Backpacking
Zion National Park

Zion National ParkMarch 31, 1988
 
UTAH:  Washington & Kane Counties
 
Backpacking the eastern side of  Zion National Park

At 2:00 PM I begin walking north from the East Entrance Trailhead. It's very windy, partly cloudy and the temperature is 64°. APRIL 1

6:30 AM. Camped at Stave Spring, at an elevation of about 7000 feet. With very little wind the sky is clear and the temperature is 22°. Between 7:00 and l0:00 AM I walk from Stave Spring to Deertrap Mountain Overlook. Here are the birds I see, in the order in which they appear:

At l0:00 AM as I descend a steep slope a Least Chipmunk, Eutamias minimus, postures atop a large sandstone boulder. The Least is similar to the Eastern chipmunk, but smaller, without so much rusty coloration, and the two white lines on its face are more conspicuous. This individual lets me come so close that I suspect it of a history of panhandling nuts and trail mix from backpackers.

At 11:35 four Western Bluebirds fly by.

At 3:00 PM, passing from one mesa top to another, a thousand feet above the canyon floor a male Northern Harrier, or Marsh Hawk, has a hard time with the wind. I'm used to seeing this bird sailing calmly and low over marshes and grasslands. Its presence here is hard for my Eastern headset to adjust to.

APRIL 2: Having camped overnight at Cable Mountain Overlook (elevation 6496 feet), with my tent pegged right at the edge of the cliff overlooking the stomach-churning abyss known as Zion Canyon, now let me tell you about the trees found within twenty feet ponderosaof my tent.

GAMBEL OAK, Quercus gambelii: Forming dense thickets about ten feet high, this tree bears leaves similar to our three-inch long eastern White-oak leaves.

JUNIPER: Still I can't decide whether these are One-seed or Utah Junipers. They and the Gambel oaks are the most common trees atop this mesa.

PINYON PINE, Pinus edulis: So far we've seen Mexican Pinyons and Single-leaf Pinyons, but this species is just called "Pinyon Pine." While the Mexican Pinyon bears two or three needles per bunch and the Single-leaf possesses one, this species has two. It's about ten feet tall.

PONDEROSA PINE, Pinus ponderosa: Most common on rocky cliffs and the valley floor, this is another of those pine species that on a single tree may bear needles in groups of both twos and threes. Atop the mesa Ponderosas grow only to about thirty feet tall but in the valley they rise to at least 130 feet. The Ponderosa's bark looks as if it's covered with interlocking jigsaw-puzzle pieces.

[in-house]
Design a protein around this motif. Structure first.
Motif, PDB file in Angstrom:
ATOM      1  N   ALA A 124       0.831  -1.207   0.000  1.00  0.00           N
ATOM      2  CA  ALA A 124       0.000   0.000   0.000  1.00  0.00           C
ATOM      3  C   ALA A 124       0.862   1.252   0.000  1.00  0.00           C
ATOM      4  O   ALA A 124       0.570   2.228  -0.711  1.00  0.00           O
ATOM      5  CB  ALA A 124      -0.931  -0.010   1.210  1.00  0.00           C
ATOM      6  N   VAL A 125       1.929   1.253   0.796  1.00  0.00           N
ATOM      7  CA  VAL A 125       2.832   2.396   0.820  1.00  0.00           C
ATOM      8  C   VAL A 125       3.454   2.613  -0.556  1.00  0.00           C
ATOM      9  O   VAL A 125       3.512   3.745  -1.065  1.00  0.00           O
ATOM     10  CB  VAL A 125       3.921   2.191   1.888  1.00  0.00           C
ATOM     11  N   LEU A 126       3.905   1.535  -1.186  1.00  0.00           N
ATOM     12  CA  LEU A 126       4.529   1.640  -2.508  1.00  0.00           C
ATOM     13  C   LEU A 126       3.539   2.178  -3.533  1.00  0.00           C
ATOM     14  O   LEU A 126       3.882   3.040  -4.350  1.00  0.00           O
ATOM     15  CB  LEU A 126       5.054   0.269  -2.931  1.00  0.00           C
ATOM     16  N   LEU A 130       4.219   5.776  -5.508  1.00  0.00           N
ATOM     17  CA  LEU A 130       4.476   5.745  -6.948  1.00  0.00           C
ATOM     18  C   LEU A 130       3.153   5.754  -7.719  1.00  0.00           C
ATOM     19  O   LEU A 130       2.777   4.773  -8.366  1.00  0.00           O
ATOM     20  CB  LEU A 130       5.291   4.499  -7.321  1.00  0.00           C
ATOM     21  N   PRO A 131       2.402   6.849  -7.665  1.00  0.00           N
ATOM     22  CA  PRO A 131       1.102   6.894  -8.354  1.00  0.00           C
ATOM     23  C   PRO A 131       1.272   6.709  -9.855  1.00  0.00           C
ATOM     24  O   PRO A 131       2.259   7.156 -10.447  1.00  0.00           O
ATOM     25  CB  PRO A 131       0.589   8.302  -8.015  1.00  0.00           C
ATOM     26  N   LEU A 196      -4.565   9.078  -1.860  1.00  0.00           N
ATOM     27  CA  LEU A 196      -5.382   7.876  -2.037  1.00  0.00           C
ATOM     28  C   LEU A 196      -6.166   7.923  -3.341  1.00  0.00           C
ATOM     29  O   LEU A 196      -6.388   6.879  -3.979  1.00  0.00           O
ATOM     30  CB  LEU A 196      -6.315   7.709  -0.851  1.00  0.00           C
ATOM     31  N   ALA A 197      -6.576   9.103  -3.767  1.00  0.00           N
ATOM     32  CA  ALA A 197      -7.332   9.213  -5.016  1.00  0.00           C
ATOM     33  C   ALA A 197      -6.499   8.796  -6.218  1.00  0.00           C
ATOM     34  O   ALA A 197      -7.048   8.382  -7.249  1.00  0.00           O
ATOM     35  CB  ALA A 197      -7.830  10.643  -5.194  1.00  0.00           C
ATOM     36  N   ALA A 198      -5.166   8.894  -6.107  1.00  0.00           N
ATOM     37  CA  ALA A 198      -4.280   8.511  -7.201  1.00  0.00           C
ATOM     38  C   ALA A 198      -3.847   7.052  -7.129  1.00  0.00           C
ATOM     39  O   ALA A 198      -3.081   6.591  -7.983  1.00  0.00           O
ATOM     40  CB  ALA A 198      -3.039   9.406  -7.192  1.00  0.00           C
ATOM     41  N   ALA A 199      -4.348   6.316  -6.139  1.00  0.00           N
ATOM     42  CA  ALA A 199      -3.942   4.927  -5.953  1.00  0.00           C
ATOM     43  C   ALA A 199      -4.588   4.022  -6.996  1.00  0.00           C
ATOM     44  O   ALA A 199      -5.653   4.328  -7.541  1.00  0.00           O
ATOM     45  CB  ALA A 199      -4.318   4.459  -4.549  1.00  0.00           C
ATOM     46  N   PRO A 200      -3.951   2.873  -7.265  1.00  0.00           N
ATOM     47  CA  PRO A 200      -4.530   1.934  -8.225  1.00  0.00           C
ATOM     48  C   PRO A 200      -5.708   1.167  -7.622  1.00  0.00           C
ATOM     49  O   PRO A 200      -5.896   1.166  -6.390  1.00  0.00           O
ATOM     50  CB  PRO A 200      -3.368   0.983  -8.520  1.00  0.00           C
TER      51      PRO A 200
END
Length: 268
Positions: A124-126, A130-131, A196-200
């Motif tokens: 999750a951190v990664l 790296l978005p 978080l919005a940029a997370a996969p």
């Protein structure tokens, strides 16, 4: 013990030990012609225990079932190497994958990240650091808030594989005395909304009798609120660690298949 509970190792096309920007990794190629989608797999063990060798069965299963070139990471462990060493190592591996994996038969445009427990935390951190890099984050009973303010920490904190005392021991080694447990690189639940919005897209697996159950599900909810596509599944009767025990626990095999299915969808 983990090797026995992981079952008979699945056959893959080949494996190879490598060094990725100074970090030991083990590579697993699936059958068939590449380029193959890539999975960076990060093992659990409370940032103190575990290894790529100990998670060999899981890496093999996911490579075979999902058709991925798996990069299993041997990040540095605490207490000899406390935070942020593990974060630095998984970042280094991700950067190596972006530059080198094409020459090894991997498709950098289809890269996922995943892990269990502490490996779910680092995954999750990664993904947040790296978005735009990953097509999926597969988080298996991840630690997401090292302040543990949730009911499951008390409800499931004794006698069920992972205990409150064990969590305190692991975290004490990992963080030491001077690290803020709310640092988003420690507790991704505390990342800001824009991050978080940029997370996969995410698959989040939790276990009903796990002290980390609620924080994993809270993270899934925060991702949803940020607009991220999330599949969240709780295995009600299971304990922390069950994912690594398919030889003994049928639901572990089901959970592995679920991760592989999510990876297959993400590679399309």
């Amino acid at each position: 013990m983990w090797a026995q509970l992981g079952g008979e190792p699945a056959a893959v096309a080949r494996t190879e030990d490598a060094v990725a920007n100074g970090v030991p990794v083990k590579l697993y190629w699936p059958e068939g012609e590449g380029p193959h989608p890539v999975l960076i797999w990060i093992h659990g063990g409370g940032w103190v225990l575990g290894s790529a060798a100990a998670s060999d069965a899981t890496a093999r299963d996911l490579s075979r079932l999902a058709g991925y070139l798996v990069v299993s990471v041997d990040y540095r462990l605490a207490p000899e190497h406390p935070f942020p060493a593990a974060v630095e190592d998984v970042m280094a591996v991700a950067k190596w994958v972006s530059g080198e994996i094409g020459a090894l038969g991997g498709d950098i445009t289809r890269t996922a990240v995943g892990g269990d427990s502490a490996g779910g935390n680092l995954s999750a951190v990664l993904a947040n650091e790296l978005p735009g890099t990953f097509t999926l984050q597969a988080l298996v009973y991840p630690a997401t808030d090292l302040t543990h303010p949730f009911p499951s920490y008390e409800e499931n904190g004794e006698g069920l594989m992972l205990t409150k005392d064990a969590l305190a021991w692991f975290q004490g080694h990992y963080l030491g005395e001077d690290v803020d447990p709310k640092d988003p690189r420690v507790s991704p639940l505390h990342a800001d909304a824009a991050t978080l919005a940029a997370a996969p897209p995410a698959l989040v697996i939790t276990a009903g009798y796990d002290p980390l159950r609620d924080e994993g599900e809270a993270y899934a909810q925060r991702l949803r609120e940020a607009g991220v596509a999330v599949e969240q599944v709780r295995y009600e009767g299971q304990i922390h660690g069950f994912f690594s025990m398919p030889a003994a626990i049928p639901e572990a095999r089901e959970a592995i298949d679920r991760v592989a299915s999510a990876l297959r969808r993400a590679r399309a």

DOUGLAS-FIR, Pseudotsuga menziesii: Douglas-firs are not firs, but rather their own thing, with a hyphen between "douglas" and "fir." Their cones are pendant like pine cones, while true fir cones stand erect. Douglas-fir cones are unique in that below each cone's woody scale a curious, three-pointed, rat-tail-like bract hangs down.

HAWTHORN: Sargent's Manual of the Trees of North America describes 153 hawthorn species. Hawthorns are notoriously hard to separate into species. This species is common in moist places atop the mesa, forming impenetrable thickets about ten feet high. I'm only about half certain that it's the species known as River Hawthorn, Crataegus rivularis.

APRIL 3
Today I walk from Cable Mountain back to Henry; let me better describe the topography I've been walking through. A few million years ago the topography here was fairly level but at the end of the late Tertiary Period, about ten million years ago, the entire Zion region was uplifted from near sea level to about 10,000 feet above sea level. This uplifting imparted to the region's streams immense potential energy for erosion. The Virgin River and its tributaries became moving ribbons of sandpaper that scoured out deep canyons for themselves. This erosional process has proceeded so fast that the land between the water courses simply hasn't had time to erode into a typical rolling landscape. Thus the flatish mesa-tops I've been walking over are perched remnants of a flatish, ancient landscape.

Sometimes the mesa-tops' junipers and pines yield to broad fields dominated by Sagebrush. Sagebrush seen in Nevada seldom grew over knee high but here sometimes it's ten feet tall, with gnarled, gray trunks, reminding me of gigantic Japanese bonsai. These features are especially surprising when it's remembered that Sagebrush is a member of the Composite or Daisy Family. In the East, at least, this family is almost entirely represented by non-woody, herbaceous species such as asters, goldenrods and dandelions.

Sagebrush is very closely related (same genus) to wormwood, the super-odoriferous, yarrow-leaved weed that grows in rich soil around barns.

It seems that in the Great Basin Desert Sagebrush takes the place of Creosote-bush as the most ubiquitous species of desert habitats. During our entire trip Creosote-bush has been such a constant companion that leaving it behind now seems almost unthinkable. However, if Creosote-bush must be replaced by something, Sagebrush is a worthy candidate.

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